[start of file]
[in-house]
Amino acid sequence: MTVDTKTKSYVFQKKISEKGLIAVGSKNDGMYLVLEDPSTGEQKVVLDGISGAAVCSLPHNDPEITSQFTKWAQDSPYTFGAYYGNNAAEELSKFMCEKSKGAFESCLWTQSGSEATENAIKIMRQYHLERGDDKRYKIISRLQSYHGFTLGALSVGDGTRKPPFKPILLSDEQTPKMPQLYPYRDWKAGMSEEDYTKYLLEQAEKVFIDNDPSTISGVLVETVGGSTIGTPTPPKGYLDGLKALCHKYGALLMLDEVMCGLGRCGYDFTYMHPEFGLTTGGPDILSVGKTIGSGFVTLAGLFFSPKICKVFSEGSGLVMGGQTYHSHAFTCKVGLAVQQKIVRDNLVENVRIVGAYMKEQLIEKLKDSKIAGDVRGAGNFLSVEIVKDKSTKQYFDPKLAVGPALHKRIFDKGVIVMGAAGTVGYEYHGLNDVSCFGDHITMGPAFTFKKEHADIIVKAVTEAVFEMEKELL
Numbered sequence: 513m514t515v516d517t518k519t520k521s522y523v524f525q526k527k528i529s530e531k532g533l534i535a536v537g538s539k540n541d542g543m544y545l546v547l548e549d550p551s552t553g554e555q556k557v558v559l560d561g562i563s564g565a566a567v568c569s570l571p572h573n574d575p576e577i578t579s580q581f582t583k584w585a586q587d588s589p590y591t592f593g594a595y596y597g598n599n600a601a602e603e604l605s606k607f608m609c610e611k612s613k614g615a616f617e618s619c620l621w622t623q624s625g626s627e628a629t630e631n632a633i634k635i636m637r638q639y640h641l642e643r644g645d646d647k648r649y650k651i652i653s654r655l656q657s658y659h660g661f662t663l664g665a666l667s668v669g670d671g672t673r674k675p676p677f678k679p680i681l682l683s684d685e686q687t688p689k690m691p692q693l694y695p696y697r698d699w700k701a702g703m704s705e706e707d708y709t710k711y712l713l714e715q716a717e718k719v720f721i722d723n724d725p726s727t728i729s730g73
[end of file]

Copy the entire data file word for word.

[in-house]
Amino acid sequence: MTVDTKTKSYVFQKKISEKGLIAVGSKNDGMYLVLEDPSTGEQKVVLDGISGAAVCSLPHNDPEITSQFTKWAQDSPYTFGAYYGNNAAEELSKFMCEKSKGAFESCLWTQSGSEATENAIKIMRQYHLERGDDKRYKIISRLQSYHGFTLGALSVGDGTRKPPFKPILLSDEQTPKMPQLYPYRDWKAGMSEEDYTKYLLEQAEKVFIDNDPSTISGVLVETVGGSTIGTPTPPKGYLDGLKALCHKYGALLMLDEVMCGLGRCGYDFTYMHPEFGLTTGGPDILSVGKTIGSGFVTLAGLFFSPKICKVFSEGSGLVMGGQTYHSHAFTCKVGLAVQQKIVRDNLVENVRIVGAYMKEQLIEKLKDSKIAGDVRGAGNFLSVEIVKDKSTKQYFDPKLAVGPALHKRIFDKGVIVMGAAGTVGYEYHGLNDVSCFGDHITMGPAFTFKKEHADIIVKAVTEAVFEMEKELL
Numbered sequence: 513m514t515v516d517t518k519t520k521s522y523v524f525q526k527k528i529s530e531k532g533l534i535a536v537g538s539k540n541d542g543m544y545l546v547l548e549d550p551s552t553g554e555q556k557v558v559l560d561g562i563s564g565a566a567v568c569s570l571p572h573n574d575p576e577i578t579s580q581f582t583k584w585a586q587d588s589p590y591t592f593g594a595y596y597g598n599n600a601a602e603e604l605s606k607f608m609c610e611k612s613k614g615a616f617e618s619c620l621w622t623q624s625g626s627e628a629t630e631n632a633i634k635i636m637r638q639y640h641l642e643r644g645d646d647k648r649y650k651i652i653s654r655l656q657s658y659h660g661f662t663l664g665a666l667s668v669g670d671g672t673r674k675p676p677f678k679p680i681l682l683s684d685e686q687t688p689k690m691p692q693l694y695p696y697r698d699w700k701a702g703m704s705e706e707d708y709t710k711y712l713l714e715q716a717e718k719v720f721i722d723n724d725p726s727t728i729s730g73